The state would direct $50 million in federal pandemic relief funds to South Omaha under a bill heard Feb. 14 by the Credit Committee.
Omaha Senator Tony Vargas, sponsor of LB1238, said South Omaha has been one of the hardest hit areas in Nebraska by COVID-19. The region’s Latino population has kept the state’s meatpacking, construction and restaurant industries running during the pandemic, he said, and the bill would be an “unprecedented opportunity” to respond to the crisis and promote economic development in the community.
“We should invest in the parts of our state that have been… greatly impacted by this public health crisis,” he said. “All the metrics and data points show that South Omaha is one of those communities.”
The bill would create the South Omaha Recovery Grant Program within the state’s Department of Economic Development and allocate $50 million in US federal funds to the program. Funds would be awarded to public and private entities to respond to the adverse impact of the COVID-19 public health emergency in qualified census tracts – as defined in federal law – within the limits of a city of metropolitan class.
Omaha is currently the only metropolitan-class city in the state.
Nearly two dozen community leaders and activists testified in support of the proposal, noting past discrimination, the historic lack of investment in South Omaha and the disproportionate impact of the pandemic on its population.
Itzel Lopez, president of the Latino Economic Development Council, testified in support of the bill. Latinos make up 13.4% of Douglas County’s total population, but accounted for 21.7% of COVID-19 cases, she said, making them the ethnic group hardest hit by the pandemic. .
“Businesses and families in this neighborhood have been devastated,” Lopez said. “As a result, the community endured physical illness and distress while suffering economic hardship.”
Alfonso Vaca-Lubischer, representing Voices for Children in Nebraska, also spoke in support. More than 60% of South Omaha’s population lives in a qualified census tract, he said, and unemployment and poverty rates there are more than double the state average.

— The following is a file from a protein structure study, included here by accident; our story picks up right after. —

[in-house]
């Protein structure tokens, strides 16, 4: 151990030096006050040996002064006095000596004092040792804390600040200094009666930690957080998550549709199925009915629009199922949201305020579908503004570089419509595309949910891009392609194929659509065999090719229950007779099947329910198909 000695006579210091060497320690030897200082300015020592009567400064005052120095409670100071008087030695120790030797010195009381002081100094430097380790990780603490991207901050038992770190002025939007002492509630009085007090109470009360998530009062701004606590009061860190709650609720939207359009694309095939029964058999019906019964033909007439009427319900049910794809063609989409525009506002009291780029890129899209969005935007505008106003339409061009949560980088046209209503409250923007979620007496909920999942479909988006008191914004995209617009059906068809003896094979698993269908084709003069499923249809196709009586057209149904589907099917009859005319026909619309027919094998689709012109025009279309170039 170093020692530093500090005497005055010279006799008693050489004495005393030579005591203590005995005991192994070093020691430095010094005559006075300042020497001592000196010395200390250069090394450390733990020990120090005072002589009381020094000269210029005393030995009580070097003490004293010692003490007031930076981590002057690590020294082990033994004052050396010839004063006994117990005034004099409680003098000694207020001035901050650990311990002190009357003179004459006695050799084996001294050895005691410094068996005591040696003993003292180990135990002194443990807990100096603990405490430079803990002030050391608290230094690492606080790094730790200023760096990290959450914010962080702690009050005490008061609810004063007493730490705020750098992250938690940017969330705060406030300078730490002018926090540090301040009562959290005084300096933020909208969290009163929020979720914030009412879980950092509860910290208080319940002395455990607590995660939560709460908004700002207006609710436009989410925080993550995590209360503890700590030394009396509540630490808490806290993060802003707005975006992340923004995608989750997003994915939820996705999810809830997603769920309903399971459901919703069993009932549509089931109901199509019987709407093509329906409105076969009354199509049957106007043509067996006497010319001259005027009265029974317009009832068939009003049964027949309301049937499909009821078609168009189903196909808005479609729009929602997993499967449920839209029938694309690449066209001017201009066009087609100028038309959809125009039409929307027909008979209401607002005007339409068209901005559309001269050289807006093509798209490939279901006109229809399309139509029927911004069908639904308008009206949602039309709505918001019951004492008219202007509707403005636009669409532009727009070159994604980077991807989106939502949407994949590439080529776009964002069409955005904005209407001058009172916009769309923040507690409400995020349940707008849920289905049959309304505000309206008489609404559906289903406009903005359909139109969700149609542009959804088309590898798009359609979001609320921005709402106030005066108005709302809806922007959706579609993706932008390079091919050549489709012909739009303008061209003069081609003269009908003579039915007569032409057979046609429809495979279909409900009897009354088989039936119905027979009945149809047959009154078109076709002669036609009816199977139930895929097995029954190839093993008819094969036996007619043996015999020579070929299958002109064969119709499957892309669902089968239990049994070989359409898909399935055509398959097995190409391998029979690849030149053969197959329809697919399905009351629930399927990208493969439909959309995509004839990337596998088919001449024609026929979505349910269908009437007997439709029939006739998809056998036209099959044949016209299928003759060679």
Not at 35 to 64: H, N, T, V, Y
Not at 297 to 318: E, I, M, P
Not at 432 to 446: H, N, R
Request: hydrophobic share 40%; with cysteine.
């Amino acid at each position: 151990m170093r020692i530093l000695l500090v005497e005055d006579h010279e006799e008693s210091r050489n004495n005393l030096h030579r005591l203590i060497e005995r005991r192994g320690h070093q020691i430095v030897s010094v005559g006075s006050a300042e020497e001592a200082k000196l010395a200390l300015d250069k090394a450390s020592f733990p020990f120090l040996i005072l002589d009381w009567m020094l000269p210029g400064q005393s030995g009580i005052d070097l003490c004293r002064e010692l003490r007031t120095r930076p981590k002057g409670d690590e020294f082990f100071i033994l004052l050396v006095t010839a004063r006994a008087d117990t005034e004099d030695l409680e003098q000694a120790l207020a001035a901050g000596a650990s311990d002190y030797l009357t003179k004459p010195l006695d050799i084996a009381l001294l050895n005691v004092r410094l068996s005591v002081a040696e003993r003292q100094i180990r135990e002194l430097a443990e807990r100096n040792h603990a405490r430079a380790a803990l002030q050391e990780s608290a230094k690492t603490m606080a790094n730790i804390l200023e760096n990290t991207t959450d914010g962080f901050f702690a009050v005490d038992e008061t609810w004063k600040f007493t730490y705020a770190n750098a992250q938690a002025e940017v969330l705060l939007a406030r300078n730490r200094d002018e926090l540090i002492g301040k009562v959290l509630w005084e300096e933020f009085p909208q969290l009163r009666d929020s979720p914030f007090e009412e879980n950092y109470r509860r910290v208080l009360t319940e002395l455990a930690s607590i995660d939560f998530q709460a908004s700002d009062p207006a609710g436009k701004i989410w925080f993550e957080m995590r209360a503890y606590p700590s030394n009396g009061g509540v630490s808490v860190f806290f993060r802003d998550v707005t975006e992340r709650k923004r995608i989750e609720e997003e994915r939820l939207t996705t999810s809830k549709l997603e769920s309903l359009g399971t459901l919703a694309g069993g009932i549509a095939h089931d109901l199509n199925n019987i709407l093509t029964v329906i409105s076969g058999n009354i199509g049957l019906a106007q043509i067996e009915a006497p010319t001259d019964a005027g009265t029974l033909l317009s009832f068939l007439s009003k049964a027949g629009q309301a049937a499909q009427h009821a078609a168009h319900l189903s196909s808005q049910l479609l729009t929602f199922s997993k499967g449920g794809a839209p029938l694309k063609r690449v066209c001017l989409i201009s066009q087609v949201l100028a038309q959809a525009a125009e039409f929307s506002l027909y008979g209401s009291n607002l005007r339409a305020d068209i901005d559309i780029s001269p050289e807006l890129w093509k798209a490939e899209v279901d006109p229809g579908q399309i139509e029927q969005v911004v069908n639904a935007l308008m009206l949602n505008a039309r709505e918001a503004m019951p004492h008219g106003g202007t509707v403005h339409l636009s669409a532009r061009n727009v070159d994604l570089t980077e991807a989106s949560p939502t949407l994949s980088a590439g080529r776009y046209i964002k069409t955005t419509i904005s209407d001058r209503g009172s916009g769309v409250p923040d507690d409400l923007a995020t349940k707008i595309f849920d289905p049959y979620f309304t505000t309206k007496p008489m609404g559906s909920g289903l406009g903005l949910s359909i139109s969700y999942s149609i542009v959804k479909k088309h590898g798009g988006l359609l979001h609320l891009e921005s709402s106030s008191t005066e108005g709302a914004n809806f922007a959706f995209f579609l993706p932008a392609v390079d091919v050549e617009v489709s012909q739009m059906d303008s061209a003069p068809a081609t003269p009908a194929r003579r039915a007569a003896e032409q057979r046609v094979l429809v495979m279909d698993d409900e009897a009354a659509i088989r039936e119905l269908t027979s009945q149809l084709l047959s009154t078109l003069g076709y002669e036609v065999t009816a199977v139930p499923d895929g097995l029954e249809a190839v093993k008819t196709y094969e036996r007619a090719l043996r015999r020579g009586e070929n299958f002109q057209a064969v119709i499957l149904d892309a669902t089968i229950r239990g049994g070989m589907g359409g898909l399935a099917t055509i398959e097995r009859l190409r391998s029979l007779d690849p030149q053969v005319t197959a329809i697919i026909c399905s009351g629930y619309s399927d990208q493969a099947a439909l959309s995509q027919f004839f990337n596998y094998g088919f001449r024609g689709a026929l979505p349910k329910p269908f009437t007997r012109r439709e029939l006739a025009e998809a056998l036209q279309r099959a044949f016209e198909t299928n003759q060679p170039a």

“Unfortunately, in Nebraska right now, access to opportunity is often determined by the ZIP code a child lives in,” Vaca-Lubischer said. “The federal funding currently available is an opportunity to make a transformative investment in the next generation of South Omaha children.”
Acting Deputy Chief Sherie Thomas, speaking on behalf of the Omaha Police Department, also testified in support. The bill would address the negative impacts of COVID-19 in the community, including unemployment, lost wages, homelessness and food insecurity, she said, and help address the root causes. of crime in South Omaha.
Armando Salgado of Omaha said the pandemic has been particularly deadly for the South Omaha community. Speaking on behalf of multiple organizations, he said 40% of Nebraskanians hospitalized with COVID-19 in mid-2021 identified themselves as “Hispanic,” even though the group represents just 11% of Nebraska’s population. Additionally, he said, Latinos accounted for about 20% of COVID-19 deaths in the state.
Salgado said South Omaha’s business community has thrived for years, contributing billions to the state’s economy, without help from the banking community or investment of state dollars. The pandemic has put those achievements in jeopardy, he said.
“This crisis has set us back enormously,” Salgado said.
No one testified against the bill and the committee took no immediate action on it.